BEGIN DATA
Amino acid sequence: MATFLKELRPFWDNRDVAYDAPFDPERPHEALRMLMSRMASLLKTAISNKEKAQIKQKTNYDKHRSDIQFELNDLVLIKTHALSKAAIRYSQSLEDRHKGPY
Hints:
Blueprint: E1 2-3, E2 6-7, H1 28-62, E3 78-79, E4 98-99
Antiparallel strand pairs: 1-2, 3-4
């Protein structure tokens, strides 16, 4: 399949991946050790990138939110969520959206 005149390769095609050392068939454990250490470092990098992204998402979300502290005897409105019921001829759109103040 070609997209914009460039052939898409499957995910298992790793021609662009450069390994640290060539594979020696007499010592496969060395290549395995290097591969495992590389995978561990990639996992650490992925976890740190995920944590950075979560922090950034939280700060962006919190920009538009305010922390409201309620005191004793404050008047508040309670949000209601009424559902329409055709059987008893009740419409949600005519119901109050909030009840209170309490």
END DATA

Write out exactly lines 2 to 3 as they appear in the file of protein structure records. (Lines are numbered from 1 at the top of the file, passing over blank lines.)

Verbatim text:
Hints:
Blueprint: E1 2-3, E2 6-7, H1 28-62, E3 78-79, E4 98-99